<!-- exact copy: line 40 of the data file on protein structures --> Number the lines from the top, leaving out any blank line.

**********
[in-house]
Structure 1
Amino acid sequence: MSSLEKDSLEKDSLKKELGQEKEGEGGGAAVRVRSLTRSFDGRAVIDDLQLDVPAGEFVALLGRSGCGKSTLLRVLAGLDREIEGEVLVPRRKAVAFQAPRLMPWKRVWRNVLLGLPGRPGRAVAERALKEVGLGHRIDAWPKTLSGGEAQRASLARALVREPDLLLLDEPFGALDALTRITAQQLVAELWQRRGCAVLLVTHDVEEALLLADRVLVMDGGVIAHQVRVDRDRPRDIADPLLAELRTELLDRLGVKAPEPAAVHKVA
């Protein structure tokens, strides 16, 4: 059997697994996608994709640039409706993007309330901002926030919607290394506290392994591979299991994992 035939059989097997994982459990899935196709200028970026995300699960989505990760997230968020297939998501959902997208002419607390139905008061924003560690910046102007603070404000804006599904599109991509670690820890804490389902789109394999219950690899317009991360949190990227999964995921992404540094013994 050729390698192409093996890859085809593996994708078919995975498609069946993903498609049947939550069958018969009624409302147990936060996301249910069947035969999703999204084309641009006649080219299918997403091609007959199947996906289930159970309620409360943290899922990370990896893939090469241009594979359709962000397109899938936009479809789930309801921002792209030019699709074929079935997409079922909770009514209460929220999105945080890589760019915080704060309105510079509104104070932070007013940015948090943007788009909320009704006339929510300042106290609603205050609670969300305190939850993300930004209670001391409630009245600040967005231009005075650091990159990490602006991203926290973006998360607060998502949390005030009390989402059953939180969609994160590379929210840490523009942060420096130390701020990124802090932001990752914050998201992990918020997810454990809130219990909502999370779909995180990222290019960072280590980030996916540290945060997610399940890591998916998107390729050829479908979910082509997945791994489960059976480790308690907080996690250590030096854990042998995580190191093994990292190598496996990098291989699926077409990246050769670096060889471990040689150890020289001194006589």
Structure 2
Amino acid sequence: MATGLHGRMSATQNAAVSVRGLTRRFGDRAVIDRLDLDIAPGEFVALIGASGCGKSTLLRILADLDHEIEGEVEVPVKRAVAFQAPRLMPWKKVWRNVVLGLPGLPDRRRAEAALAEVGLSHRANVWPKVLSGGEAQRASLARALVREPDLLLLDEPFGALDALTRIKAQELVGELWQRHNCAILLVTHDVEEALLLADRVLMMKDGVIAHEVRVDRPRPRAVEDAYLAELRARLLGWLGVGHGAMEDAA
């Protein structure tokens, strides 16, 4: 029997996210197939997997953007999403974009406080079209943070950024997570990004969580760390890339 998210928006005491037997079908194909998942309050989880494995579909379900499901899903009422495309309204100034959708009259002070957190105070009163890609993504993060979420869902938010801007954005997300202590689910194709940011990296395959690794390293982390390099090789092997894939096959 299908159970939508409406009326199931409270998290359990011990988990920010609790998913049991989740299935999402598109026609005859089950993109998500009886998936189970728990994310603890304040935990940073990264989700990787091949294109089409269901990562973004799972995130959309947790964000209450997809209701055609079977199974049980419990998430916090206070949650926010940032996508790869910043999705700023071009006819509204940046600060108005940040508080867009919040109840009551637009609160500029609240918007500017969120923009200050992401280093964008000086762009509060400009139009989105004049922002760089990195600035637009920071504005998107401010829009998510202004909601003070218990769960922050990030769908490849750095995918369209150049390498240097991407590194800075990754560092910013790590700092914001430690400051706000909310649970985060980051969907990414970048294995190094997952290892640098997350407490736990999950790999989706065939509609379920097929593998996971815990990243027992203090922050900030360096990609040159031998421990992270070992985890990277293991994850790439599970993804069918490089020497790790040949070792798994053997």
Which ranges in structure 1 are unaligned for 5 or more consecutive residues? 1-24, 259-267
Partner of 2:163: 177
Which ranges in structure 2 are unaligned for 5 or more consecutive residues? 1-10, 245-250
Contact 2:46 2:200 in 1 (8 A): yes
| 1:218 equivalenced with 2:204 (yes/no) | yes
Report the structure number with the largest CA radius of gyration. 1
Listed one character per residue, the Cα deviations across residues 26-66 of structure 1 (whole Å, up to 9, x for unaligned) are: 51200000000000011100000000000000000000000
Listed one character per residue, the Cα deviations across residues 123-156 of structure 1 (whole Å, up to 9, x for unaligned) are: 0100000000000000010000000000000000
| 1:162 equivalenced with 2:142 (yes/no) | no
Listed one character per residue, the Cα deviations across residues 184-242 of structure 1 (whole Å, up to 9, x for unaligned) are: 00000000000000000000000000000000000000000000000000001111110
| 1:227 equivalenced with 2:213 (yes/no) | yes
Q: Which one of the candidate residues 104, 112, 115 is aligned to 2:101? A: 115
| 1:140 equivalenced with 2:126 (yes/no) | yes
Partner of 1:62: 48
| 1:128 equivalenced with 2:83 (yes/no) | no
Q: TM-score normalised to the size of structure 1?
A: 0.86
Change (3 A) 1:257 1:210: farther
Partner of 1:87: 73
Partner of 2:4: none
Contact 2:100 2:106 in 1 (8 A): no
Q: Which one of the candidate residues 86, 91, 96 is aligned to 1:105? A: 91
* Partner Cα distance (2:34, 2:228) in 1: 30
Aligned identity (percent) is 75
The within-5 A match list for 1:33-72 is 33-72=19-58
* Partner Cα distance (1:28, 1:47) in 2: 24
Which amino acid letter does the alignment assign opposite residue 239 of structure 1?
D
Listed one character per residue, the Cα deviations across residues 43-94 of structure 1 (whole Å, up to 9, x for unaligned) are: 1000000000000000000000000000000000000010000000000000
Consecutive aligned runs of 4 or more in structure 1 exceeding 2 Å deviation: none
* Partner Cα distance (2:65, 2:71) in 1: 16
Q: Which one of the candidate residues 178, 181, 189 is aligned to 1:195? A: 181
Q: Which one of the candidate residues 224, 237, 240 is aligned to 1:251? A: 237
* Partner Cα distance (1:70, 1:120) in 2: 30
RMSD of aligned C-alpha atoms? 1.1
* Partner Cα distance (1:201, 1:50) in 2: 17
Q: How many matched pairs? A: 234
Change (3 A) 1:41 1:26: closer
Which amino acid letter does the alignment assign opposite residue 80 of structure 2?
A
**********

Q: Which one of the candidate residues 224, 237, 240 is aligned to 1:251? A: 237